Photographer Michael Schmelling: Living & Breathing ATLANTA

Tuesday, 04 January 2011 14:20 Written by  Ebony L. Morman

Like most people, photographer Michael Schmelling set out with a plan, an idea for a book that he wanted to publish. Using Outkast’s record, “Aquemini” as inspiration, Schmelling’s initial intent was to publish a photo book that would somehow mirror or pay homage to Big Boi and Andre 3000’s hard work that came in the form of their 1998 hit.


While Schmelling’s approach to his initial idea would’ve presented Outkast’s work through a different artistic outlet—that is through images—his purpose changed. What would’ve been just a photo book evolved into something bigger with photos, written text by the New Yorker’s Kelefa Sanneh, elaborate essays and interviews with some of the most influential people in Atlanta’s hip hop culture.

With the help of GQ Associate Editor Will Welch and Sanneh, Atlanta easily became a portrayal of the city’s hip hop culture: past, present and future. Schmelling and his colleagues landed interviews with Ludacris, The Dream, Gucci Mane and of course, Andre 3000 and Big Boi. While interviewing the city’s well-known rappers may have been fulfilling, Schmelling broadened the caliber of his interviewees by including the city’s underground talent who are making a name for themselves on a local level.

Even though Schmelling’s focus changed slightly as the project progressed, he was still able to capture exactly what he sought out to find, especially with the underground artists.

“It was interesting learning the city and finding the little pockets where people were making music,” Schmelling recalled. “I went into people’s homes where they had studios in their bedrooms; some people had mics in their closets.”

During two years, Schmelling submerged himself into the city’s hip hop culture, taking multiple trips so that he could get an accurate feeling of what it’s like to live in the center of such an amazing hip hop way of life. He admits that there may have been a few bumps in the road, but the key was being persistent within the various aspects.

“It wasn’t easy, but we got it done,” he said.

Schmelling’s persistence proved to be beneficial and his curiosity about the city seemed to be the force behind the progression of it all. Before starting this project, he’d never been to Atlanta, but he heard so much about it. Fast forward more than three years later and the final product is not only done, but has left Schmelling with nothing but good reflections about the city.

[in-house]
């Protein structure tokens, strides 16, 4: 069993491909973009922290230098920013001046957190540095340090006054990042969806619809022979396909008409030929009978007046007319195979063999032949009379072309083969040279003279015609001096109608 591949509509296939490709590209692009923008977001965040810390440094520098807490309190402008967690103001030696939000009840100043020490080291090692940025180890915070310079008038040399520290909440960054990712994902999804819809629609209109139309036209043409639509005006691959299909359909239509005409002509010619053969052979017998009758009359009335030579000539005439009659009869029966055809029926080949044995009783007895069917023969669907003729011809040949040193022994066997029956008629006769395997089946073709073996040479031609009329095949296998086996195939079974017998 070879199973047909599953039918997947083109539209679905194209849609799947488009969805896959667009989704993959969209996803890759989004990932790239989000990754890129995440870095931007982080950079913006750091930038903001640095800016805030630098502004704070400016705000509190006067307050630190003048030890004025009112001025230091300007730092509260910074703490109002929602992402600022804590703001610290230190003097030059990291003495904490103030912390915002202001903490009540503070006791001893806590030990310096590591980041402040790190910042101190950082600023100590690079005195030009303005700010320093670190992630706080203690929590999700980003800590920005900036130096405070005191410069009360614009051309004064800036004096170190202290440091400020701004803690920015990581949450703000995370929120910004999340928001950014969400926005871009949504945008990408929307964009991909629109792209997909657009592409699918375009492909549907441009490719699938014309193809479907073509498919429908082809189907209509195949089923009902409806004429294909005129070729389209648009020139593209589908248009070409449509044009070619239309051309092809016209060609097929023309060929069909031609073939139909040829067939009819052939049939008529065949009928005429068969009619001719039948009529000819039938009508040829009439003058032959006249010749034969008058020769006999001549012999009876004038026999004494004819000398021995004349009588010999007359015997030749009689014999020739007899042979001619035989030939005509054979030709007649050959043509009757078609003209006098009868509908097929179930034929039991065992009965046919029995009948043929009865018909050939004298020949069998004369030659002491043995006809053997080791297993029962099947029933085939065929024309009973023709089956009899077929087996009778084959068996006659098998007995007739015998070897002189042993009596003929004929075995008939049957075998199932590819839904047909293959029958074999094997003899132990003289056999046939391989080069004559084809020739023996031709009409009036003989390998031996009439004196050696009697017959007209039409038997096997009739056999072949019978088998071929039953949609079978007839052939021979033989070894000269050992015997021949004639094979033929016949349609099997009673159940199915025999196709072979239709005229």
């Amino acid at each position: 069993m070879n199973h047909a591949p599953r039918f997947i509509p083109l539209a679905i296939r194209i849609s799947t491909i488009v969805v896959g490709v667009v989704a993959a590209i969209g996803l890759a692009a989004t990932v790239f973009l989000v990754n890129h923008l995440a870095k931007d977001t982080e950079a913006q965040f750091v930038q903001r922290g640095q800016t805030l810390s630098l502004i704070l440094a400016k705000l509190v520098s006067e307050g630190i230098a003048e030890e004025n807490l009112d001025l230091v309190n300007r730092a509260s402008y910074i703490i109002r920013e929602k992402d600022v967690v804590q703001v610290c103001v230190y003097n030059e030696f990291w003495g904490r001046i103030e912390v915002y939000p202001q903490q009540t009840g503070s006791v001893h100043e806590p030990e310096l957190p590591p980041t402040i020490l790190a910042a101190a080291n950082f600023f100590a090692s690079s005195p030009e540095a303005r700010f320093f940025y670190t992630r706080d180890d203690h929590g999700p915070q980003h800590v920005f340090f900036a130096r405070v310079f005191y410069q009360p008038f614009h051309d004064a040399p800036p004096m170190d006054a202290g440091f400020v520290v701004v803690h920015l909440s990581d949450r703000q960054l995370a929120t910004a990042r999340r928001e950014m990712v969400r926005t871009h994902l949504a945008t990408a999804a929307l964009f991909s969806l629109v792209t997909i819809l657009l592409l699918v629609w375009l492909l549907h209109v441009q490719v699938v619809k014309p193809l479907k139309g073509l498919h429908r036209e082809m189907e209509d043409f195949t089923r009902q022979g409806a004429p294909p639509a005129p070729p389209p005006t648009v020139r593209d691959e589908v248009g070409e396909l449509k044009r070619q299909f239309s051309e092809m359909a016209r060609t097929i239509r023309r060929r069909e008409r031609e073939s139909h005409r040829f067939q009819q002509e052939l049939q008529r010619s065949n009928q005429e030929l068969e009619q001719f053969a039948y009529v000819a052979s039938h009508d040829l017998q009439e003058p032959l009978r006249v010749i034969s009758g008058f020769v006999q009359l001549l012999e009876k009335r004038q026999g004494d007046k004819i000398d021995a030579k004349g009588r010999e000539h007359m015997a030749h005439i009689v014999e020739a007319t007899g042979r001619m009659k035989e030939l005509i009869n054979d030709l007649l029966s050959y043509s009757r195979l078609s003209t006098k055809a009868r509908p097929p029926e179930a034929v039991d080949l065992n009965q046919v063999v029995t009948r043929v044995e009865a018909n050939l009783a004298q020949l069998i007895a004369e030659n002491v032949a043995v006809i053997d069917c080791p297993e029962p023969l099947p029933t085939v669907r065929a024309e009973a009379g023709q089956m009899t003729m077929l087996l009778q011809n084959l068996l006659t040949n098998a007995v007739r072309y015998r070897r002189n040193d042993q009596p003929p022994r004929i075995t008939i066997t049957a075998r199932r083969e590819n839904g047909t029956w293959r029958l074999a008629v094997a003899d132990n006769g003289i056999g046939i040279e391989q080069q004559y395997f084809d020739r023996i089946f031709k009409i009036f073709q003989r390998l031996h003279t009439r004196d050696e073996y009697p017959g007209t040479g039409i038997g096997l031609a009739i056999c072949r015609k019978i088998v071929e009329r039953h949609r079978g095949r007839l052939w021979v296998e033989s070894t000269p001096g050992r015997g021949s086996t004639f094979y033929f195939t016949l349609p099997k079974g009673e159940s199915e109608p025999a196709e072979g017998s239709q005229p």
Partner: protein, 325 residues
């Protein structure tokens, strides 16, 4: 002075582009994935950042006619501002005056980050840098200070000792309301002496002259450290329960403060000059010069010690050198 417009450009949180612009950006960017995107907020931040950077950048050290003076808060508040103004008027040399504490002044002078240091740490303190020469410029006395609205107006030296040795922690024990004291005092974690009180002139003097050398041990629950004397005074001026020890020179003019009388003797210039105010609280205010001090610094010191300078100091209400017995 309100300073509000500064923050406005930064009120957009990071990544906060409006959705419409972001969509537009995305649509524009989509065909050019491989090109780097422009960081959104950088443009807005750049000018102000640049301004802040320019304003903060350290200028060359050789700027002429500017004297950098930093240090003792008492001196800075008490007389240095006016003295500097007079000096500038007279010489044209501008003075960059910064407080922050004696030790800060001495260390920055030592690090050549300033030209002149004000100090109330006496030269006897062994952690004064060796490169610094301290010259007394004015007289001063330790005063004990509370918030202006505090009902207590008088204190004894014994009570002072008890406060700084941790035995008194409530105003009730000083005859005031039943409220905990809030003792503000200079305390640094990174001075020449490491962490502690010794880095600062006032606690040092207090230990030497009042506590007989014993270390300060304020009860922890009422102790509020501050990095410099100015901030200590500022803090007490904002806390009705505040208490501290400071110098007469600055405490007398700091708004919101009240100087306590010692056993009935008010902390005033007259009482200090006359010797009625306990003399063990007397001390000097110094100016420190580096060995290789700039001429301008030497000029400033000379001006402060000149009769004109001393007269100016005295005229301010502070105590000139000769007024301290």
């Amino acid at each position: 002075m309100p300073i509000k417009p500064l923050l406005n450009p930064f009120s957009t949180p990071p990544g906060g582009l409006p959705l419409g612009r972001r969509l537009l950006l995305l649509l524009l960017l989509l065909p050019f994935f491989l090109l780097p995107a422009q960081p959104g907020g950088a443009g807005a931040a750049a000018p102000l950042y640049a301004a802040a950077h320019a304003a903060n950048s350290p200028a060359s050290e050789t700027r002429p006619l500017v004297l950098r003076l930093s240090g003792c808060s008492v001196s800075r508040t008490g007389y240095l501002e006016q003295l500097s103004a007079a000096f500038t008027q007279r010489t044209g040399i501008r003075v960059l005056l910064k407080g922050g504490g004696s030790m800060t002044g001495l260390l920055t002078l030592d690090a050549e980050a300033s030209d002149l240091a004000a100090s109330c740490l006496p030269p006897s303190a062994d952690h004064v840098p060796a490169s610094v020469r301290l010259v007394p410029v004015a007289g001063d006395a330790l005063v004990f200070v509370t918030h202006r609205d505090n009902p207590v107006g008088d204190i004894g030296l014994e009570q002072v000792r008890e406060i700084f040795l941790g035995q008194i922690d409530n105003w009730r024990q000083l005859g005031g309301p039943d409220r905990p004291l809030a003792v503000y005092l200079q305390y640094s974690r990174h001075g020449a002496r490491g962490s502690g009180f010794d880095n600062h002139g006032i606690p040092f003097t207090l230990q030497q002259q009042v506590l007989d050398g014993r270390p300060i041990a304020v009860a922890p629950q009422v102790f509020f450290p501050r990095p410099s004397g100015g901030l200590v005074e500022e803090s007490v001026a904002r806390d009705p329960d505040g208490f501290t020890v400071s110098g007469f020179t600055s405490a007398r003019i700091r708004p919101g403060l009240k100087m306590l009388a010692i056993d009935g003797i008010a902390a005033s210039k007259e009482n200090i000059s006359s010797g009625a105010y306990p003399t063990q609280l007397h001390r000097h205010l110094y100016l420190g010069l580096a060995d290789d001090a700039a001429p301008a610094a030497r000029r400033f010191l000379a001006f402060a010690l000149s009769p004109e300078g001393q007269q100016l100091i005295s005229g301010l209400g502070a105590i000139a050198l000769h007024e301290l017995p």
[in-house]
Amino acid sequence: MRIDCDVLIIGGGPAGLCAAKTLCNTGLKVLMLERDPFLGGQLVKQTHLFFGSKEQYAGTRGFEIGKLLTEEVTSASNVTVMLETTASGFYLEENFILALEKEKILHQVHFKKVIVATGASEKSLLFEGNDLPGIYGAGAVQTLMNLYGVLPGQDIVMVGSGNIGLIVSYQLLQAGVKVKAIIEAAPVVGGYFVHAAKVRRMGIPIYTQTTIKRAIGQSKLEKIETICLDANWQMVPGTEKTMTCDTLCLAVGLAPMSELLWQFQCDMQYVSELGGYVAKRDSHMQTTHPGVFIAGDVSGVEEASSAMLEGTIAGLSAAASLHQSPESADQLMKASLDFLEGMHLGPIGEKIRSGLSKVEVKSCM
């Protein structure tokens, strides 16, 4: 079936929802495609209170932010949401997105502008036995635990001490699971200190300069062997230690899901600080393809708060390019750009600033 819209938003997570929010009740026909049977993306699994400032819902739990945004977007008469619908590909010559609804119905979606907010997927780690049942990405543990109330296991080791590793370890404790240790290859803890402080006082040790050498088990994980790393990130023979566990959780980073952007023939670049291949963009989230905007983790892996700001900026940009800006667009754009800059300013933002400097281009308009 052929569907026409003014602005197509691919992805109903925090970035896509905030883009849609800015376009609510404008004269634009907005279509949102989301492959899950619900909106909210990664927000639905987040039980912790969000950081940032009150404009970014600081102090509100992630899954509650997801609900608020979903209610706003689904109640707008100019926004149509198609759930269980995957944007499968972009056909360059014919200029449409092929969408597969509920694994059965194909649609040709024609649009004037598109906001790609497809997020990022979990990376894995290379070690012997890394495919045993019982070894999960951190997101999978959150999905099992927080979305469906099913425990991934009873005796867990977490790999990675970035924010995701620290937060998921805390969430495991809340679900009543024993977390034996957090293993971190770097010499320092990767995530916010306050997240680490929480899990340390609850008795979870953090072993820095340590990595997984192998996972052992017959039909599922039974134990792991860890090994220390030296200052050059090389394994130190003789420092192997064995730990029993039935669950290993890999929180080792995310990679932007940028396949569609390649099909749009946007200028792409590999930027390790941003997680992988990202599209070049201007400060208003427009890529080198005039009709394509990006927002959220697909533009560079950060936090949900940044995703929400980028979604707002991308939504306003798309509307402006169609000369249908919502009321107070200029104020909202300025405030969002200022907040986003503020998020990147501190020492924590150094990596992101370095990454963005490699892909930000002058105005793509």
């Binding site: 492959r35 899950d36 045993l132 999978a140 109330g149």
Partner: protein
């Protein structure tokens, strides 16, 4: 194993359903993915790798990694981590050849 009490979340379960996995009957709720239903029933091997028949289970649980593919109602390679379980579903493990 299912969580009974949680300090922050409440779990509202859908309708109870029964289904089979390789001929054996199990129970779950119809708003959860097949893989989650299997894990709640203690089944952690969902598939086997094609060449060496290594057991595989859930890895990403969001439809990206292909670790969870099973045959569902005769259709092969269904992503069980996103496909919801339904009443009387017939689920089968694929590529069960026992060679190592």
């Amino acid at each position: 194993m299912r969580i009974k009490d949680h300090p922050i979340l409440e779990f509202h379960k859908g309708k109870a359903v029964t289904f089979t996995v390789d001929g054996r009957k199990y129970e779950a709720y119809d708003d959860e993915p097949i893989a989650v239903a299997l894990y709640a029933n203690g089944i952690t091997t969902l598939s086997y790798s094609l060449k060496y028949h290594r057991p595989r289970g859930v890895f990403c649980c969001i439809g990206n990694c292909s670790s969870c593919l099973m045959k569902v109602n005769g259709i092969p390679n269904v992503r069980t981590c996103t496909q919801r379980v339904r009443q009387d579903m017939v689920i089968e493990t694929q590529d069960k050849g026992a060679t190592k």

“Atlanta’s very interesting,” he said. “It’s a city that‘s very fluid in a way. It’s not uncommon to see people like Luda or T.I. walking down the street or in a club.”

The fact that Atlanta is a place where hip hop artists are little more accessible made things slightly easier for Schmelling when it came to examining the city’s hip hop music scene. The music that comes from Atlanta is so different, he explained. While a place like New York is a bit traditional with one type of music and a general sound, Atlanta offers something different.

“The best part about it is that there are a lot of different styles in one city,” he said. “Crunk music, swag music and pop music can all co-exist.”

This unorthodox way of integrating different forms of music is undoubtedly what makes the city unique.

“Atlanta is amazing,” said Schmelling. “The hip hop culture is so rich. If you’re interested in hip hop at all, then it’s an important place to go.”

Ebony L. Morman

Ebony L. Morman

GMO's Senior Editor Ebony L. Morman received her B.A. in journalism from Northern Illinois University and her master’s in journalism from Columbia College Chicago. The Chicago-native enjoys writing about almost anything, but since she also has a passion for music, writing reviews of albums has become one of her favorite past times. Aside from GMO, Ebony freelances for a variety of publications and volunteers in her community.

Ebony can be contacted at
Follow her on Twitter at @EbonyEyes_GMO


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